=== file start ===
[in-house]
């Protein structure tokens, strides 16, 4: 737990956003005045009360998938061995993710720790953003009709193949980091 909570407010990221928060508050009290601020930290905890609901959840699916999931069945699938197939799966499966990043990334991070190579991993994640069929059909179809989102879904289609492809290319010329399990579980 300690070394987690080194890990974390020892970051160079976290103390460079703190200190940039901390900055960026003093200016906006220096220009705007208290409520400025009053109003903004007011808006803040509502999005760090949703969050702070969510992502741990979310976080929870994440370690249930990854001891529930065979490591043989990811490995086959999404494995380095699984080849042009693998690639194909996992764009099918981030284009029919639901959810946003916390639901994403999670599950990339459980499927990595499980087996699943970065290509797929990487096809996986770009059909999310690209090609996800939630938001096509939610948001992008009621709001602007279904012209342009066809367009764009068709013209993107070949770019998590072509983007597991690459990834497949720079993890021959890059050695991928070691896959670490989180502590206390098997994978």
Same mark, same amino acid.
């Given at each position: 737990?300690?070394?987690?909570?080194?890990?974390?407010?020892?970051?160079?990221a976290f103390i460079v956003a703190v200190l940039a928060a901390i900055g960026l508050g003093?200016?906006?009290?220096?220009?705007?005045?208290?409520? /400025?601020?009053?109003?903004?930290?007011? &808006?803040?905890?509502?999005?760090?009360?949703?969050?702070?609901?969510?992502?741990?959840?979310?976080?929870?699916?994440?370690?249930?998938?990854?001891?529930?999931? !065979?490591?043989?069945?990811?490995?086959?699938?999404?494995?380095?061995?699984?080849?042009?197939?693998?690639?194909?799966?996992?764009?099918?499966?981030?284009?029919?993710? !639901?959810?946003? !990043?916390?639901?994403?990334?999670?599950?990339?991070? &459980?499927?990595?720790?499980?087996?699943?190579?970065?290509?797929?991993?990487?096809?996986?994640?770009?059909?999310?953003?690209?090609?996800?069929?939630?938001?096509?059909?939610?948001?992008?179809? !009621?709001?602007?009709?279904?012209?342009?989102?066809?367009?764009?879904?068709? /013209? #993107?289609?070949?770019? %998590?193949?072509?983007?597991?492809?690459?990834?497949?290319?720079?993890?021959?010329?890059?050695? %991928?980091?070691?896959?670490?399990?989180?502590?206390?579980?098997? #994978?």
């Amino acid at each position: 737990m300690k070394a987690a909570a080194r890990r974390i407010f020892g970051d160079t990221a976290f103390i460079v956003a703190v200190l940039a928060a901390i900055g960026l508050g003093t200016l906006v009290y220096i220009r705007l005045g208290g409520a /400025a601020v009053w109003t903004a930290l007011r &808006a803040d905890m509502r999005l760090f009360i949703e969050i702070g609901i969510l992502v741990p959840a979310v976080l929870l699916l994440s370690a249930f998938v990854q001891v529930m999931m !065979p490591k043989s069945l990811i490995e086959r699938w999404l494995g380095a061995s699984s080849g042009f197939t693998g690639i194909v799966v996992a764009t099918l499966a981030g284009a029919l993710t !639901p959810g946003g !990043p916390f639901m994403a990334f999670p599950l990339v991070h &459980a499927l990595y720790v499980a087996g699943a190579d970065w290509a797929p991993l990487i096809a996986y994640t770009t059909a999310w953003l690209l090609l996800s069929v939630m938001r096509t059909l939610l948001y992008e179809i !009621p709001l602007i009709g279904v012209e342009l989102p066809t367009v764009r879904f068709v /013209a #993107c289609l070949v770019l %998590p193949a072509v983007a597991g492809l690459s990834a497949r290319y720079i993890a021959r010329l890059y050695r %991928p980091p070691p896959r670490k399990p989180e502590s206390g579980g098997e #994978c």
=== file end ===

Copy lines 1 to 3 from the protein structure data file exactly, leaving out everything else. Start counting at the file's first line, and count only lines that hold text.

[in-house]
């Protein structure tokens, strides 16, 4: 737990956003005045009360998938061995993710720790953003009709193949980091 909570407010990221928060508050009290601020930290905890609901959840699916999931069945699938197939799966499966990043990334991070190579991993994640069929059909179809989102879904289609492809290319010329399990579980 300690070394987690080194890990974390020892970051160079976290103390460079703190200190940039901390900055960026003093200016906006220096220009705007208290409520400025009053109003903004007011808006803040509502999005760090949703969050702070969510992502741990979310976080929870994440370690249930990854001891529930065979490591043989990811490995086959999404494995380095699984080849042009693998690639194909996992764009099918981030284009029919639901959810946003916390639901994403999670599950990339459980499927990595499980087996699943970065290509797929990487096809996986770009059909999310690209090609996800939630938001096509939610948001992008009621709001602007279904012209342009066809367009764009068709013209993107070949770019998590072509983007597991690459990834497949720079993890021959890059050695991928070691896959670490989180502590206390098997994978």
Same mark, same amino acid.